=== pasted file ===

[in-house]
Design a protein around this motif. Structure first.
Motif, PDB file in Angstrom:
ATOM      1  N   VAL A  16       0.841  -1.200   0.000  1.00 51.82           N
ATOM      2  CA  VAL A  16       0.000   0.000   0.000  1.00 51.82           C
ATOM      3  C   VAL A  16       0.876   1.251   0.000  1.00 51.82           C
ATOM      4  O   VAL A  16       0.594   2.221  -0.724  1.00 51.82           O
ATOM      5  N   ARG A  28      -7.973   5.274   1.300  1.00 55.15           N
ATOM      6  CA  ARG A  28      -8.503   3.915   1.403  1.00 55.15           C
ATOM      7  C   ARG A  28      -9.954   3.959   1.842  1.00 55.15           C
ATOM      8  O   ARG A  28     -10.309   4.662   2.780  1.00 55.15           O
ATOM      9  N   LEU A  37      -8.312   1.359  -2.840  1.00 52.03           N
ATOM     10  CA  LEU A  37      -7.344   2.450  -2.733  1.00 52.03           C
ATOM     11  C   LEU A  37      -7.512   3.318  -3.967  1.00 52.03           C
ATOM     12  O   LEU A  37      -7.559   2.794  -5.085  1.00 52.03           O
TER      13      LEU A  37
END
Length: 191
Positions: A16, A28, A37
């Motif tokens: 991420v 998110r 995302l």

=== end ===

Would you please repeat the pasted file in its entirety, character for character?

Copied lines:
[in-house]
Design a protein around this motif. Structure first.
Motif, PDB file in Angstrom:
ATOM      1  N   VAL A  16       0.841  -1.200   0.000  1.00 51.82           N
ATOM      2  CA  VAL A  16       0.000   0.000   0.000  1.00 51.82           C
ATOM      3  C   VAL A  16       0.876   1.251   0.000  1.00 51.82           C
ATOM      4  O   VAL A  16       0.594   2.221  -0.724  1.00 51.82           O
ATOM      5  N   ARG A  28      -7.973   5.274   1.300  1.00 55.15           N
ATOM      6  CA  ARG A  28      -8.503   3.915   1.403  1.00 55.15           C
ATOM      7  C   ARG A  28      -9.954   3.959   1.842  1.00 55.15           C
ATOM      8  O   ARG A  28     -10.309   4.662   2.780  1.00 55.15           O
ATOM      9  N   LEU A  37      -8.312   1.359  -2.840  1.00 52.03           N
ATOM     10  CA  LEU A  37      -7.344   2.450  -2.733  1.00 52.03           C
ATOM     11  C   LEU A  37      -7.512   3.318  -3.967  1.00 52.03           C
ATOM     12  O   LEU A  37      -7.559   2.794  -5.085  1.00 52.03           O
TER      13      LEU A  37
END
Length: 191
Positions: A16, A28, A37
């Motif tokens: 991420v 998110r 995302l």